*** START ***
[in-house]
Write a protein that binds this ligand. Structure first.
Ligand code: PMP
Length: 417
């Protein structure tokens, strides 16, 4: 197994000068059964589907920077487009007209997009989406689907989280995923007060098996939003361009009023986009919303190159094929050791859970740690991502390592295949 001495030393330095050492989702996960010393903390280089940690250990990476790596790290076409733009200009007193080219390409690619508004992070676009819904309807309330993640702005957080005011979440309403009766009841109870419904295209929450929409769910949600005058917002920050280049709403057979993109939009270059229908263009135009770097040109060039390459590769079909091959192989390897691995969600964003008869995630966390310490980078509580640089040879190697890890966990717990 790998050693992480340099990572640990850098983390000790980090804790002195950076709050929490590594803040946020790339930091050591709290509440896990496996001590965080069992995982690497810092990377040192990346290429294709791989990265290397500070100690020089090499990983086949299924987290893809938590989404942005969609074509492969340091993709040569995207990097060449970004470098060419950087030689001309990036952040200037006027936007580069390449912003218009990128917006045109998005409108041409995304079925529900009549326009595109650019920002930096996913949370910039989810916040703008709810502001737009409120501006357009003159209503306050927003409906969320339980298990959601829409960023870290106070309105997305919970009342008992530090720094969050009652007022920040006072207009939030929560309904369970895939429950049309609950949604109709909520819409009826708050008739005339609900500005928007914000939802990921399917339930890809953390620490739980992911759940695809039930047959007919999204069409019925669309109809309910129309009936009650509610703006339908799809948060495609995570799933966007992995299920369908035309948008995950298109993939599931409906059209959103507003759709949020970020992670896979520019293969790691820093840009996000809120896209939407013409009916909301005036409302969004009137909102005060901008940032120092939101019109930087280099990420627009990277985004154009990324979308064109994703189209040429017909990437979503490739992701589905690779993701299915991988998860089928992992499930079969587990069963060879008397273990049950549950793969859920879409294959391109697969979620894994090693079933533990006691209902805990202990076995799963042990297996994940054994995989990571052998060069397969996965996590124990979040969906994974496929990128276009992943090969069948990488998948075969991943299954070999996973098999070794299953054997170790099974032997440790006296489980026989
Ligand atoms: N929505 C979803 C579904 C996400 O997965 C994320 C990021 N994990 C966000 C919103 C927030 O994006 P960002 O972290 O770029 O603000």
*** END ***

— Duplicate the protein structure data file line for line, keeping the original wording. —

[in-house]
Write a protein that binds this ligand. Structure first.
Ligand code: PMP
Length: 417
């Protein structure tokens, strides 16, 4: 197994000068059964589907920077487009007209997009989406689907989280995923007060098996939003361009009023986009919303190159094929050791859970740690991502390592295949 001495030393330095050492989702996960010393903390280089940690250990990476790596790290076409733009200009007193080219390409690619508004992070676009819904309807309330993640702005957080005011979440309403009766009841109870419904295209929450929409769910949600005058917002920050280049709403057979993109939009270059229908263009135009770097040109060039390459590769079909091959192989390897691995969600964003008869995630966390310490980078509580640089040879190697890890966990717990 790998050693992480340099990572640990850098983390000790980090804790002195950076709050929490590594803040946020790339930091050591709290509440896990496996001590965080069992995982690497810092990377040192990346290429294709791989990265290397500070100690020089090499990983086949299924987290893809938590989404942005969609074509492969340091993709040569995207990097060449970004470098060419950087030689001309990036952040200037006027936007580069390449912003218009990128917006045109998005409108041409995304079925529900009549326009595109650019920002930096996913949370910039989810916040703008709810502001737009409120501006357009003159209503306050927003409906969320339980298990959601829409960023870290106070309105997305919970009342008992530090720094969050009652007022920040006072207009939030929560309904369970895939429950049309609950949604109709909520819409009826708050008739005339609900500005928007914000939802990921399917339930890809953390620490739980992911759940695809039930047959007919999204069409019925669309109809309910129309009936009650509610703006339908799809948060495609995570799933966007992995299920369908035309948008995950298109993939599931409906059209959103507003759709949020970020992670896979520019293969790691820093840009996000809120896209939407013409009916909301005036409302969004009137909102005060901008940032120092939101019109930087280099990420627009990277985004154009990324979308064109994703189209040429017909990437979503490739992701589905690779993701299915991988998860089928992992499930079969587990069963060879008397273990049950549950793969859920879409294959391109697969979620894994090693079933533990006691209902805990202990076995799963042990297996994940054994995989990571052998060069397969996965996590124990979040969906994974496929990128276009992943090969069948990488998948075969991943299954070999996973098999070794299953054997170790099974032997440790006296489980026989
Ligand atoms: N929505 C979803 C579904 C996400 O997965 C994320 C990021 N994990 C966000 C919103 C927030 O994006 P960002 O972290 O770029 O603000």